Only control freaks would be concerned that any of this poses a threat to genuine well operated public money systems that have massive volumes of required by law transactions to support them – taxation and expenditure by government.

    The only reason we having this debate at all is that the PPP monetary model we have at moment has proven such a corrupted and dysfunctional failure. Get the private banks out of the model and it will start operating without so much baked in corruption and unproductive resource allocation.

    The solution to that is simple – end the PPP model and separate public money from private money completely.

    Let the banks become mere intermediaries in 100% public money or let them develop and try and find a market for their own private brand money.

    None of this guarantees a future for bitcoin but at least bitcoin demonstrates that there is no reason why public and private monetary systems cannot co-exist.

    I know the FIRE sector are having conniptions that people want to tax and clip their wings but it well overdue. The sooner they hand back their ADI licenses the sooner they will be free of everyone giving them a hard time. Then they will be just your run of the mill financial sectors grifters.


  2. Bolstrood,

    There is force in your point but I really hope that we are not stupid enough to require such a harsh learning experience.

    Technically unwinding the PPP monetary model is not very difficult.

    The bigger hurdle is political as the banking cartel will kick and scream like anything. If you thought their hysterical whining about the Bank Levy was over the top their squealing about losing the protection of the full faith and credit of the public for their private promises will be deafening.

    But if the change is characterised, as I describe above, as being about freedom we can hoist them on their own petard.

    Give them ‘freedom’ in abundance. Freedom to create their own money and do with it what they like.

    How can they argue against that!!

    And when they run their Weimar, Zimbabwe horror stories and baby eating hun stories we can remind them that the public will be perfectly free to reject their Australian Dollars and saving in those dollars and instead put their savings into

    Westpac Wozzas
    Commonwealth Golden Kangas
    ANZ – Zoltbits
    NAB – Nickle Numpties
    Macquarie – Holy Dollars

    That word freedom is powerful word that everyone understands. Lets put some truth in it and give the private banks freedom by the bucket load.


  3. Matthew Hood,

    I have a copy of the report. Try this link and click on senate tables papers and try searching monetary in royal commissions.

    It is very interesting. It seems like people generally had a much better understanding of the implications of our banking and monetary system in the 1930s. I suppose depressions do focus the mind a bit.

    This chapter is quite a good introduction.

    Click to access ch0861.pdf

    From this free book


  4. Nyleta,

    “..Sort of back to pre Keating days for the banks..”

    Yes though a fair bit further than that. You are quite right. Until specific forms of private credit (bank created credit) are no longer given equal status with public sector credit the problem will continue.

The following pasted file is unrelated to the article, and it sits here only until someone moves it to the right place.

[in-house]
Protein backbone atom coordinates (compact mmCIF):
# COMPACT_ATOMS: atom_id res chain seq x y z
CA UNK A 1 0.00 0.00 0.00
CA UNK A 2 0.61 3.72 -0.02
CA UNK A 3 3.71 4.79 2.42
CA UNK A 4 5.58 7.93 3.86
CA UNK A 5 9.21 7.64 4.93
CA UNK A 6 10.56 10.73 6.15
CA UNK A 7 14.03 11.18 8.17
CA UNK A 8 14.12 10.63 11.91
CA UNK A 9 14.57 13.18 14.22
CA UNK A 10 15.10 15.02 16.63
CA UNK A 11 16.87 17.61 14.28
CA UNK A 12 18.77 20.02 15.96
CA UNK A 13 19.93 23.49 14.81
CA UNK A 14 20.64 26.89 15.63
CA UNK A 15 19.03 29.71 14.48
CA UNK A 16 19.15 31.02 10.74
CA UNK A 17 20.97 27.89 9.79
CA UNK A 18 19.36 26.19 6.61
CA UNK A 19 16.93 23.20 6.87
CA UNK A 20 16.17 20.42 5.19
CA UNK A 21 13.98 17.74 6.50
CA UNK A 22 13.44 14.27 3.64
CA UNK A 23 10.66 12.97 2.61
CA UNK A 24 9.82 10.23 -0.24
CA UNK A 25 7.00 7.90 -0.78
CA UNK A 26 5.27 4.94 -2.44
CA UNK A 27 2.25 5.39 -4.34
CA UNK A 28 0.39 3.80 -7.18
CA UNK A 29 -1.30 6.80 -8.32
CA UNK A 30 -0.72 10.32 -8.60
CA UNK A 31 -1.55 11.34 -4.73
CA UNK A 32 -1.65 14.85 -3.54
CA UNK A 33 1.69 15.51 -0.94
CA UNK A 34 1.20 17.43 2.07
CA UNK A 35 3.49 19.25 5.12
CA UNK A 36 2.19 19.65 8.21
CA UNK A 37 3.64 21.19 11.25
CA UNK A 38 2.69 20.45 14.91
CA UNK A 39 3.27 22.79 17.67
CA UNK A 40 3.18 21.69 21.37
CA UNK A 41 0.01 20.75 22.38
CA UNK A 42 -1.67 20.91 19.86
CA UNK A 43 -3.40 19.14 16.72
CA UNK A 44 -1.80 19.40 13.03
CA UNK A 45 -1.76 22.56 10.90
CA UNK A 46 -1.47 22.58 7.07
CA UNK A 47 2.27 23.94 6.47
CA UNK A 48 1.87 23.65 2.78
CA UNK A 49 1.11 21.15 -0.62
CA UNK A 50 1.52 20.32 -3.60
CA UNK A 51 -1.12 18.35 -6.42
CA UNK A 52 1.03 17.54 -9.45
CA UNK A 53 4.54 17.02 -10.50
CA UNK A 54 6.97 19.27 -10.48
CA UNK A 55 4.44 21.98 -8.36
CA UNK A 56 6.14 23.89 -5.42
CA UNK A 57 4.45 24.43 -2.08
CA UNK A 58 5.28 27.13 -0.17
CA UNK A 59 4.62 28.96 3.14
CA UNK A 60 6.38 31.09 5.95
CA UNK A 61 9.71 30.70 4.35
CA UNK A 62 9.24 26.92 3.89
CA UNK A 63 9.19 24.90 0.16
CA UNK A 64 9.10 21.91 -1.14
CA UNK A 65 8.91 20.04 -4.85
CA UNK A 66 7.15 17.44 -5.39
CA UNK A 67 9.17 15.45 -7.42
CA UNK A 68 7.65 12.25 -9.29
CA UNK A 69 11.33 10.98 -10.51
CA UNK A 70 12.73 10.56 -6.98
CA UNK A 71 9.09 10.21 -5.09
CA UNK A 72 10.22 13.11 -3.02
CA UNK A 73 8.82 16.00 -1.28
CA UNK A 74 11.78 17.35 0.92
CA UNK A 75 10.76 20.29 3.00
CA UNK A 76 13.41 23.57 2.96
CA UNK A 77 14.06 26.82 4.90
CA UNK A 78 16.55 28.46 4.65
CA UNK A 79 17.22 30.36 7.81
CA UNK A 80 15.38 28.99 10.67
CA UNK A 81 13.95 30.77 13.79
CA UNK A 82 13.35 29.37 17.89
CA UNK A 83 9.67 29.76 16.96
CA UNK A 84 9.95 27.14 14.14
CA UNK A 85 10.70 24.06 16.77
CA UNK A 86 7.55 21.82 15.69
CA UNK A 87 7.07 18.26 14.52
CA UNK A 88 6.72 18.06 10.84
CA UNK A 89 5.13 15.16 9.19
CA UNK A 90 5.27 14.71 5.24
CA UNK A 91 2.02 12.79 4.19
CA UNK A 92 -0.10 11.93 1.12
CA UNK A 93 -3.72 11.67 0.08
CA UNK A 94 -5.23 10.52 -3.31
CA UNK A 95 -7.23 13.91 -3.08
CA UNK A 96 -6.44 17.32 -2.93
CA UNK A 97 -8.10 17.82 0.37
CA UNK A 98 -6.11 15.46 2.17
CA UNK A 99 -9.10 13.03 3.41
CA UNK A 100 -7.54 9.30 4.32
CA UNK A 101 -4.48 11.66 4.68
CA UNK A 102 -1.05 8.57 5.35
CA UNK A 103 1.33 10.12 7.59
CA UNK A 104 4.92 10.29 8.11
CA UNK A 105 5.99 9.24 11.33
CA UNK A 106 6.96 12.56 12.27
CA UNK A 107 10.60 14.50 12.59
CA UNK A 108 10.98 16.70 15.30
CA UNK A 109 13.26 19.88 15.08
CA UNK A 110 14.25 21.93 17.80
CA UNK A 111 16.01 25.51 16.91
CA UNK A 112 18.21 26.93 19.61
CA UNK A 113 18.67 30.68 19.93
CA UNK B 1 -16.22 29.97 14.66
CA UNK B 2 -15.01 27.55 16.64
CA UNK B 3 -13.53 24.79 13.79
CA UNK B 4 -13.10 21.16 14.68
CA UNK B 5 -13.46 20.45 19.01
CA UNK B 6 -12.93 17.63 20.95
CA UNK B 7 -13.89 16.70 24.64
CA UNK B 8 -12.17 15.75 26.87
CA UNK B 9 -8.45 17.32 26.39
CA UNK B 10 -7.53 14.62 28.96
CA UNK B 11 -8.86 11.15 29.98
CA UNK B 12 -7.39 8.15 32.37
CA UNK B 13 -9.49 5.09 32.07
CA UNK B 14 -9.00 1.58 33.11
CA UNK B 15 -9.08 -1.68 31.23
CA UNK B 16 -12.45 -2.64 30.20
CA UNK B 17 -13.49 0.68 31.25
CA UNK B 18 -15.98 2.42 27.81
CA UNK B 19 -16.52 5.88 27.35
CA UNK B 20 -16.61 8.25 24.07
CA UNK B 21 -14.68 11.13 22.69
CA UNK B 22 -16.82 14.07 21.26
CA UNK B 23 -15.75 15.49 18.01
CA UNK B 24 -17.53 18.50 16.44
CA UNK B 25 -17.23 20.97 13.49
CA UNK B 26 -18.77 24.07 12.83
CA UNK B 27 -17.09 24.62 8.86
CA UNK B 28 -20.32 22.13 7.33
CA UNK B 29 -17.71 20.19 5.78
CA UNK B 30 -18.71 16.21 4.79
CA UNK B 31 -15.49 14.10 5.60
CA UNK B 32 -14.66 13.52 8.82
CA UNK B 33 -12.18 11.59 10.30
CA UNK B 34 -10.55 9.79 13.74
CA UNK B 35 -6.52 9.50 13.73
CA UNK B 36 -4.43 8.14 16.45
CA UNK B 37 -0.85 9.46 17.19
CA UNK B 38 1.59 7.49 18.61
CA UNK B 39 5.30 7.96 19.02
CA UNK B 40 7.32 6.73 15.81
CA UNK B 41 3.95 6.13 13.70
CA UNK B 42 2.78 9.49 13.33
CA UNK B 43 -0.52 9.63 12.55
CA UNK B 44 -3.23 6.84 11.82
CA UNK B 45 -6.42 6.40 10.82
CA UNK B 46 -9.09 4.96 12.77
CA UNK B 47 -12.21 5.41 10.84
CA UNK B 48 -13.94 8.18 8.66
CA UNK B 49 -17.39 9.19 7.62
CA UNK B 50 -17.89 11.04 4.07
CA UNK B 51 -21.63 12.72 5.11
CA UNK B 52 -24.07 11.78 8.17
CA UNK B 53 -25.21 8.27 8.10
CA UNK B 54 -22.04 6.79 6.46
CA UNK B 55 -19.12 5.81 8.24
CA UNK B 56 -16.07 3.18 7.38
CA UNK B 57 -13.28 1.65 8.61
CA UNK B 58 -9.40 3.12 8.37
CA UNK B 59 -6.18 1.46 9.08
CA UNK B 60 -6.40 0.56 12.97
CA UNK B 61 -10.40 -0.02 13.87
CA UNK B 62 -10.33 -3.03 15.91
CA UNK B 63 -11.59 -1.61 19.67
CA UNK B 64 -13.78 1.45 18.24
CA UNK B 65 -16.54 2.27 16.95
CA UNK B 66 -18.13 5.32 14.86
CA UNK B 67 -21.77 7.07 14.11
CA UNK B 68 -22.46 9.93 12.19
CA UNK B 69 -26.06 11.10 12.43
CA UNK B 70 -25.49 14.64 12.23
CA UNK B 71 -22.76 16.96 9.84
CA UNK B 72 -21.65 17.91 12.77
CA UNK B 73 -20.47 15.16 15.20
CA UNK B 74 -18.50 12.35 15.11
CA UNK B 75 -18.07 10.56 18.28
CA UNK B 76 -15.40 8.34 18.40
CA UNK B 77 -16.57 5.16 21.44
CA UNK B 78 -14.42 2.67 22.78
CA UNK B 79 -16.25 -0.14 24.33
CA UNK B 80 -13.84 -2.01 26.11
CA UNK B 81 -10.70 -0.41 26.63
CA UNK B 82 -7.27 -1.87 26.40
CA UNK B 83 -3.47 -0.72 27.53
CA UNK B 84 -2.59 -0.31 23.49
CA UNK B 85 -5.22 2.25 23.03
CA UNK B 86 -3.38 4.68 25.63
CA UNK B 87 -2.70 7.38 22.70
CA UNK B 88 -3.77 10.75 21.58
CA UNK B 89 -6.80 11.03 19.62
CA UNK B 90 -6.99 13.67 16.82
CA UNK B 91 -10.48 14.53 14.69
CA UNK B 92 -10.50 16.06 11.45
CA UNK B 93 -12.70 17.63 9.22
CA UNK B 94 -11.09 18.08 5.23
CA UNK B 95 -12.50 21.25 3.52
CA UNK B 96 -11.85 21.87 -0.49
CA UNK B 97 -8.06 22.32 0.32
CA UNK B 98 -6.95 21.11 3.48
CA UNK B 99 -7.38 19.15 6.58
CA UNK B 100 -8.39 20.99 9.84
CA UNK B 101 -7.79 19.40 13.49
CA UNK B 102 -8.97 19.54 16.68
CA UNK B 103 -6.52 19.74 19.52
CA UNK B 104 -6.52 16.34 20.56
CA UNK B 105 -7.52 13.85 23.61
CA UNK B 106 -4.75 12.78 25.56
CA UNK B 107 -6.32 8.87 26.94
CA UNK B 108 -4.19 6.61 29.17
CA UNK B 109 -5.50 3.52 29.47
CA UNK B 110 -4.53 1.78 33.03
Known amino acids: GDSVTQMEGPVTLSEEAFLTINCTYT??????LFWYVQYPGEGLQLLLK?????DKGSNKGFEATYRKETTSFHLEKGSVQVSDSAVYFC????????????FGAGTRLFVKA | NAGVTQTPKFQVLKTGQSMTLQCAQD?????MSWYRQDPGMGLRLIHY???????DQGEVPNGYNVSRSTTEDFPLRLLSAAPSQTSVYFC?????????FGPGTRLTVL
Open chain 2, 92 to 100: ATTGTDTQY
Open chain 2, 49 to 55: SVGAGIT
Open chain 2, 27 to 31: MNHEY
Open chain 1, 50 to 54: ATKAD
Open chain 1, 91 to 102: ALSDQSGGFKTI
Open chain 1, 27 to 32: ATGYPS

The problem with just going back to the Pre- Keating era is that there will continue to be well funded lobbying efforts to unwind the regulation of private bank credit as public money.

    The only way to really end the problem is to insist on a clear separation between public sector created money and private sector created money.

    Now is an excellent time to do so as the public are starting to understand, from the emergence of things like bitcoin, what private money looks like.

    It is a pretty simple and reasonable thing to demand.

    The public sector (govt) is responsible for and has a monopoly on the creation and destruction of public money.

    The private sector can create their own private monies (aka credit or cyber currencies)

    The public can choose which they use and when though the dominance of public sector created money is likely to be considerable as it has the full faith and credit of the public and not just some private capital. Though in corrupt and dysfunctional states people may prefer to use private monies or money issued by other public sectors (foreign currencies) for all but essential purposes.


  5. If the USA no longer was the reserve currency and had a public credit creation system only, would they cease to be the worlds policeman? Would they be replaced by a country or group of countries who undertook those operations (eg new holder of reserve currency)?


    • Well that is a big question!

      I think it is preferable that the means of settling transactions between two nations did not involve the public money of a third. Whether that would change the geo-political role of the US is hard to say.

      It may be less a policeman and more a leader. It would probably change the dynamic of how the US engages in the world but there are plenty of things that the US might start doing a lot better if it was not supplying the world reserve currency.

      Fixing domestic and international monetary arrangements is likely to be the next great revolution.